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Each city has it's own unique events, people and history. Mountain View is no exception. On our history pages we highlight people and places that should not be forgotten.

The Rengstorff House windmill and pump was donated by Dave Schmitz from his property on Grant Road when the land was going to be sold. Dave acquired the windmill from a home owner on Shoreline Boulevard, very close to the original Rengstorff House site.

The Air King windmill was mail ordered from Montgomery Ward and placed on a wooden structure. Metal structures were not used until after the 1930's.

By placing the windmill next to the water tank house the Friends of 'R' House have completed the original goal of linking the House to Mountain View's early agricultural history. These symbols of the past serve as educational tools for the present.

Picture courtesy of Robert Weaver.

Linda's Drive-in once located on Escuela Avenue at El Camino signaled the beginning of a car culture in Mountain View.

Please follow this link for more photos and history of Linda's.

Linda's Parisian Burgers

Picture courtesy of the Fabulous 50's.

Richard McDonald and Daniel Burke operated a blacksmith shop at 363 Castro Street starting in 1906.

They also built buggies and special bodies for farmer's trucks. The shop provided farm equipment repairs both in the shop and on service calls to the local ranches and dairies, which eliminated the necessity of transporting the equipment into town.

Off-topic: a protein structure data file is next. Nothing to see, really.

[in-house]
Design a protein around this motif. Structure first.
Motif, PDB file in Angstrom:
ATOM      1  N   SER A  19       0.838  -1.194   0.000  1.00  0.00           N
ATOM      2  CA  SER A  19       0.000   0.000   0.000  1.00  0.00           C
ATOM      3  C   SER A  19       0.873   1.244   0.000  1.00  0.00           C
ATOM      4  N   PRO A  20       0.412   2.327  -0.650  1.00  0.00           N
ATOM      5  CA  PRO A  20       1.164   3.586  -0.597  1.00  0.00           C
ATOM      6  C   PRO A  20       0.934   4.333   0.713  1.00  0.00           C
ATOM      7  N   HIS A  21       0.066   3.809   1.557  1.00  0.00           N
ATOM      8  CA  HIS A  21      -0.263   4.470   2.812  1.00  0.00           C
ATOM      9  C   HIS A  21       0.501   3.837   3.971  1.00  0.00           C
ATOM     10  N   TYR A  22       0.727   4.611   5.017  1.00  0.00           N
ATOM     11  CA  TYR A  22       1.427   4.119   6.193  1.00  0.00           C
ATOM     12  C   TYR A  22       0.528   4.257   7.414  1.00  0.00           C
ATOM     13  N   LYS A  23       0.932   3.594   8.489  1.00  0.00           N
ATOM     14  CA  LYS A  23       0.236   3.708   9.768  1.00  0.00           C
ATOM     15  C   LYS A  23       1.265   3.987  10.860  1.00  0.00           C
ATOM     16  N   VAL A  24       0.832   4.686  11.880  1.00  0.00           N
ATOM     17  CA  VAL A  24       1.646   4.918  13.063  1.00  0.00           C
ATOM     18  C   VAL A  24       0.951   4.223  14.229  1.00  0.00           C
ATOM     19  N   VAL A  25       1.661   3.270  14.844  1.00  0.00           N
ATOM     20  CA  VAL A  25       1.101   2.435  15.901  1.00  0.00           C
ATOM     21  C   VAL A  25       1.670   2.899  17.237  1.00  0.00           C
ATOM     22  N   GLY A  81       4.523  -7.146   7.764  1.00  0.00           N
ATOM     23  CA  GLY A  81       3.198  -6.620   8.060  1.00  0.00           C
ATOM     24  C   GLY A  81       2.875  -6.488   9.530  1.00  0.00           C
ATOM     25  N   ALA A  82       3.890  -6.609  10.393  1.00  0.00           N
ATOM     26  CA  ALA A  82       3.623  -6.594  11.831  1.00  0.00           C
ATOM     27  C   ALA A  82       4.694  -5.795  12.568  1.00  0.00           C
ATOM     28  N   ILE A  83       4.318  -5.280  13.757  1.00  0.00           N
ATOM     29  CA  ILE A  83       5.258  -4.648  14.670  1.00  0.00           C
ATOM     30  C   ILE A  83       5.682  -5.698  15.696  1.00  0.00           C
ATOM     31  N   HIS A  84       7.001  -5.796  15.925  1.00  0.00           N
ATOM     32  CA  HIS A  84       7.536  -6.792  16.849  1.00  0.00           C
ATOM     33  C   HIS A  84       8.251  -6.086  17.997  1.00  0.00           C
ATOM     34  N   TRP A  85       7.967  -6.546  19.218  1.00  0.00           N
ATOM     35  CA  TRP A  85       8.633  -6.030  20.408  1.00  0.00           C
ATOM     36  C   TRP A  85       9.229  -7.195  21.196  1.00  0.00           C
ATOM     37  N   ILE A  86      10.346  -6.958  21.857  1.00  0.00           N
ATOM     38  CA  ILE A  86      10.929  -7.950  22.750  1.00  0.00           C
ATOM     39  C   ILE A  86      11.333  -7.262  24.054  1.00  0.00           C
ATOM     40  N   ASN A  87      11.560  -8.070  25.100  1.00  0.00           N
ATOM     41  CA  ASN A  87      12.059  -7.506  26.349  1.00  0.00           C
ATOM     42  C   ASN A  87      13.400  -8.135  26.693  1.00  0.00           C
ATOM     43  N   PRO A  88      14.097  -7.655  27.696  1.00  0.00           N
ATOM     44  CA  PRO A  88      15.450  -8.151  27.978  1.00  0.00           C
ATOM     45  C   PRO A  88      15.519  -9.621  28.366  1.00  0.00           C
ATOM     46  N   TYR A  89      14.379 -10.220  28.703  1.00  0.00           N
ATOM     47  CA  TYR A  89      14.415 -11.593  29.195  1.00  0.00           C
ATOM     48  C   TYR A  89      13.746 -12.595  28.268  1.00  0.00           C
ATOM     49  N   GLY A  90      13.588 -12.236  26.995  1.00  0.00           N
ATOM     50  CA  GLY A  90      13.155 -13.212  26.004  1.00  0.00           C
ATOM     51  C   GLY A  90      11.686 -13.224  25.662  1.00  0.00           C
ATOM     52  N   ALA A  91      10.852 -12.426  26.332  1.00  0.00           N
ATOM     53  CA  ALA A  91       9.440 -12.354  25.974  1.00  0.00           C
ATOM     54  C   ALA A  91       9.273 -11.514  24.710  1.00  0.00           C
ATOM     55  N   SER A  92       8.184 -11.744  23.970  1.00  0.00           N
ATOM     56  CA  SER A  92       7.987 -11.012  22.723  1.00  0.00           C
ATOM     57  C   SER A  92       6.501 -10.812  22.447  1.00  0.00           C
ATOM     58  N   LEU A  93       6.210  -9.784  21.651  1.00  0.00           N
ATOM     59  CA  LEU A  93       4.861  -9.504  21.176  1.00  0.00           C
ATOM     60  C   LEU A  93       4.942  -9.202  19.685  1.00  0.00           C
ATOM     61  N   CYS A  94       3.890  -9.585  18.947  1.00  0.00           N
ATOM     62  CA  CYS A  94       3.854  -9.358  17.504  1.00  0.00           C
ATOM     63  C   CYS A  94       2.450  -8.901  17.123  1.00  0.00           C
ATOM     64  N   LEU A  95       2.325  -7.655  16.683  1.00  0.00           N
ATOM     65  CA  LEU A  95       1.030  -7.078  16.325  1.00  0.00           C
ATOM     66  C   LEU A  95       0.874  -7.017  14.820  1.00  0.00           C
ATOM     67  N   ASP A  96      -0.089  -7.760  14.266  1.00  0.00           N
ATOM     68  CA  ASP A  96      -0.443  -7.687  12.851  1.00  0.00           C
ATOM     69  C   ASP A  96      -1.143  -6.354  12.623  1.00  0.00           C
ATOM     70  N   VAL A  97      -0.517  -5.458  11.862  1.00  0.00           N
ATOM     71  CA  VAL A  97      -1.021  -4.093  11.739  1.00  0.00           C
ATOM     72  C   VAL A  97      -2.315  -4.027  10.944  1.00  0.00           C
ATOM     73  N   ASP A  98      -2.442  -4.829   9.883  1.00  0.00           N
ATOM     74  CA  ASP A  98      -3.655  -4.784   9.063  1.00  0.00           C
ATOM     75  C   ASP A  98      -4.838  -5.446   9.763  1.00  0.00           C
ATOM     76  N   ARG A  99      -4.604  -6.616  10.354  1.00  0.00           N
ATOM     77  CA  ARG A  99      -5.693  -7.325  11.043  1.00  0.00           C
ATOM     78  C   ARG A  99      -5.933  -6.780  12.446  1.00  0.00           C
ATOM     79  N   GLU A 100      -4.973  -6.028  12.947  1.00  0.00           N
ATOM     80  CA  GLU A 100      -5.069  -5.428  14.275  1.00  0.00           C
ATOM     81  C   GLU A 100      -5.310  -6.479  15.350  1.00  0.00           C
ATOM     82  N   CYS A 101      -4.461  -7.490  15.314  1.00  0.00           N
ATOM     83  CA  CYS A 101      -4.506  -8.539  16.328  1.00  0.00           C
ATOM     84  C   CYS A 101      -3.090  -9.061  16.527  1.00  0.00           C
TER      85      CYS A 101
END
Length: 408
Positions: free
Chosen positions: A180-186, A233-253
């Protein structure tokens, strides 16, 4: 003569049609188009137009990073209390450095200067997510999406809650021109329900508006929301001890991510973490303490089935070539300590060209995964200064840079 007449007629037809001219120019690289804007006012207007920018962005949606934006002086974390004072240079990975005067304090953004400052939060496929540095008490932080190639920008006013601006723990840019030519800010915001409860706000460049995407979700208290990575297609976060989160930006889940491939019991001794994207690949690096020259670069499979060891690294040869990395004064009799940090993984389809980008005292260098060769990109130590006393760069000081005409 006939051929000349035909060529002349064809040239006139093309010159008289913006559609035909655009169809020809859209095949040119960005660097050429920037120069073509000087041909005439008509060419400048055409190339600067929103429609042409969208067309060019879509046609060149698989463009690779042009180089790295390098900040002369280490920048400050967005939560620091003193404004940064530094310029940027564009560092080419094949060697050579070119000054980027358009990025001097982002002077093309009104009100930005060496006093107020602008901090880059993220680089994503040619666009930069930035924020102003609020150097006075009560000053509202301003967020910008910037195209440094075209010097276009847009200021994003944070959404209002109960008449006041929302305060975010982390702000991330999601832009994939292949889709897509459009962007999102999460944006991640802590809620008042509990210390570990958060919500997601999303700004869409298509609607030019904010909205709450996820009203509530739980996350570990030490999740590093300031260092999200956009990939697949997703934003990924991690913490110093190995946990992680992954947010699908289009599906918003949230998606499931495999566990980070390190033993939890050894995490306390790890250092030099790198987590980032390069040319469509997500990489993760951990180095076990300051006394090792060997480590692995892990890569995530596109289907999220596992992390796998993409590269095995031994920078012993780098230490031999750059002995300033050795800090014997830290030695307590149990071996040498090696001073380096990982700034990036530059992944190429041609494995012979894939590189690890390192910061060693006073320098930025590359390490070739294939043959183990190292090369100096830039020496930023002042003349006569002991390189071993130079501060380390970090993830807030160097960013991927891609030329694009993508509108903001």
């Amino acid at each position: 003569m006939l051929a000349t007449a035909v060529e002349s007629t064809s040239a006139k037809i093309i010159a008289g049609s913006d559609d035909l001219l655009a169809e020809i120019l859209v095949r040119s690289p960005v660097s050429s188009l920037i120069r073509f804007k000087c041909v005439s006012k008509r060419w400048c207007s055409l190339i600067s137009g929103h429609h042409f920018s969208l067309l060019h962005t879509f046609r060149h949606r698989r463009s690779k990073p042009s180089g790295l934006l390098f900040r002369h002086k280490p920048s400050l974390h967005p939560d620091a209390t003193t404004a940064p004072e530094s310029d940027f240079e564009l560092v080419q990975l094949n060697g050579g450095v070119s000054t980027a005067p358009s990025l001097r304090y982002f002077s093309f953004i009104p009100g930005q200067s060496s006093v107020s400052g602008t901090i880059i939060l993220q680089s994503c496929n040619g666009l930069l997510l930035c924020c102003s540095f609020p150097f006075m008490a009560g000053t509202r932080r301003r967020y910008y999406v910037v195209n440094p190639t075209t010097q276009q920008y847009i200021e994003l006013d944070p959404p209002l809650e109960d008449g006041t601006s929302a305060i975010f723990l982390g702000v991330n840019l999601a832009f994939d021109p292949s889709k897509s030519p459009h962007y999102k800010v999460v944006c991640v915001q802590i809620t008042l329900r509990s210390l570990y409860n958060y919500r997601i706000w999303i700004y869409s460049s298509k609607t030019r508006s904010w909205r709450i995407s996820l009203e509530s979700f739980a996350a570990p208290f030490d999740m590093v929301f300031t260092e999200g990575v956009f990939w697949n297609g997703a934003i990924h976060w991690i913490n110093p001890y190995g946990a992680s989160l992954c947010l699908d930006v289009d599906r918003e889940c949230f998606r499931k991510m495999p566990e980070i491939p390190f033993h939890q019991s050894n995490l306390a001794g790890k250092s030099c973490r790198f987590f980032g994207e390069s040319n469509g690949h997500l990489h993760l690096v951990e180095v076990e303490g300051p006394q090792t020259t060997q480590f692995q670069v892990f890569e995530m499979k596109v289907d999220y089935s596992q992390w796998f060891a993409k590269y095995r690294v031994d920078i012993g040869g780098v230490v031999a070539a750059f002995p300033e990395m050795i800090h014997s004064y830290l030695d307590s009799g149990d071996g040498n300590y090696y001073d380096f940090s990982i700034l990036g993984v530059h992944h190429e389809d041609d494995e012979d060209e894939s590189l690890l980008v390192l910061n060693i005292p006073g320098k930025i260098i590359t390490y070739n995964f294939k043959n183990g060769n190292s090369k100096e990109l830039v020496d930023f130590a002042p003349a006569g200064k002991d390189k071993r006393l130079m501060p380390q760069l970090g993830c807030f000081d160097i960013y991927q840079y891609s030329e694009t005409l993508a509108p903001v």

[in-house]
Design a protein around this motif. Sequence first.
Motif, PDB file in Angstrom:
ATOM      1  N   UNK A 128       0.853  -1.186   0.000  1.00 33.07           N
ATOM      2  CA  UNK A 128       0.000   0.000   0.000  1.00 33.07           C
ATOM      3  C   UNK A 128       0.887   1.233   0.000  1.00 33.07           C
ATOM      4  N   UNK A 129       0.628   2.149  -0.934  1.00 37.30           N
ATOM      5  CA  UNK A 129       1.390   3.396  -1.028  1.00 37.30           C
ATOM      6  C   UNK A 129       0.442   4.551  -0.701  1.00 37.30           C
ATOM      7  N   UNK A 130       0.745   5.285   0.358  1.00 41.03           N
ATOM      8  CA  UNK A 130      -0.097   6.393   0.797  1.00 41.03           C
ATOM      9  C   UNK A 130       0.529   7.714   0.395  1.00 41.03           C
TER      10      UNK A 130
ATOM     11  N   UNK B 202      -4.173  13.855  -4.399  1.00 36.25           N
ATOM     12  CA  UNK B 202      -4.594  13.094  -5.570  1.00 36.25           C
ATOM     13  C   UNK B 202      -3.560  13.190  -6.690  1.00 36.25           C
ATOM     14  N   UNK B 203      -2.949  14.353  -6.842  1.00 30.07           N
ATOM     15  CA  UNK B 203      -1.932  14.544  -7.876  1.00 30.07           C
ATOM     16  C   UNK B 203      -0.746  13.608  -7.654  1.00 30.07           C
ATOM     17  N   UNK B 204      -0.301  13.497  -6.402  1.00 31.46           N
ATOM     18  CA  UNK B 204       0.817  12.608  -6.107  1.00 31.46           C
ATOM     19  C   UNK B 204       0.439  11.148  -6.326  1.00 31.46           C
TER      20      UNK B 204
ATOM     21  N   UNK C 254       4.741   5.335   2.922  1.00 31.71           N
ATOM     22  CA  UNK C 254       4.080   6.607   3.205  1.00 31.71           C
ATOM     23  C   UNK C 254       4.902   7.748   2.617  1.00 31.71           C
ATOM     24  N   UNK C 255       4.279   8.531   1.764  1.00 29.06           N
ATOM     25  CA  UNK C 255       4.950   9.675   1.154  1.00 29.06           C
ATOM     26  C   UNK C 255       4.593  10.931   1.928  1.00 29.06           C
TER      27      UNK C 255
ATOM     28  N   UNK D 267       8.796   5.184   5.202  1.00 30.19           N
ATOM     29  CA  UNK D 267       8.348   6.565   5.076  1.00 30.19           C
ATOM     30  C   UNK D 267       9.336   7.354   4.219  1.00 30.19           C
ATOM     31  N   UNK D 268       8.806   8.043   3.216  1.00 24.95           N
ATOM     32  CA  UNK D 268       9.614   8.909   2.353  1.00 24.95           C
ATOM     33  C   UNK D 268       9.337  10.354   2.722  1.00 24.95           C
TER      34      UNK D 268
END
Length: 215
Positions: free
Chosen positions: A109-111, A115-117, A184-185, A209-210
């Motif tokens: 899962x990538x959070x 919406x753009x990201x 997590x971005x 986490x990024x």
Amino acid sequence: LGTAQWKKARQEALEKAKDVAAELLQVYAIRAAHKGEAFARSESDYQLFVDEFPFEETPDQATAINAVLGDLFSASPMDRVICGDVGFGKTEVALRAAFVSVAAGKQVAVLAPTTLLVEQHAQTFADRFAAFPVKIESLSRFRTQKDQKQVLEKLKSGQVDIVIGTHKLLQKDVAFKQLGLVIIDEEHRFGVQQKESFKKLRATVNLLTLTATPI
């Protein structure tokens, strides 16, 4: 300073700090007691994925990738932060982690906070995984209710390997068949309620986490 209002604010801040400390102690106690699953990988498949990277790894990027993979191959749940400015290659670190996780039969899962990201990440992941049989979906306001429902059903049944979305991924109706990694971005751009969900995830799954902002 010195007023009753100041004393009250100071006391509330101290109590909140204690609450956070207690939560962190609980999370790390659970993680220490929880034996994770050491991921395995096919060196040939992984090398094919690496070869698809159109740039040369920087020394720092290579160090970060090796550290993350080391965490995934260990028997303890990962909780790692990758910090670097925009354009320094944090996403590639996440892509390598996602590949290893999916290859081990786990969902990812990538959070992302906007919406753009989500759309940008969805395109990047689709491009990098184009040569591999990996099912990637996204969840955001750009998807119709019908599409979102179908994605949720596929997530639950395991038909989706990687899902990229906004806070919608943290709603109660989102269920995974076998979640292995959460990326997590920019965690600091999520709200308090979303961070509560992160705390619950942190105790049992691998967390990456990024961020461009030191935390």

Pictured at left from left to right are Bill Hitchcock, Daniel Burke and Richard McDonald.

The partners also opened the Mountain View Ice and Fuel company next to the blacksmith shop at 379 Castro Street in 1919.

Wood and coal were shipped in by rail and trucks. Ice and fuel deliveries were made to customers in the Mountian View, Sunnyvale and Los Altos areas.

Ice was hauled into Mountain View locations by truck in 300 pound blocks and stored in insulated buildings for cash and carry and delivery to local customers.

In later years, an ice manufacturing plant was built in Mountain View to provide ice for refrigerated railroad cars to aid in the shipment of produce grown by community farmers.

Pictured to the right is Jack Spencer delivering to a local creamery.
Other Links of Interest

The Original Big Mac

Santa Clara Valley in the Fabulous Fifties

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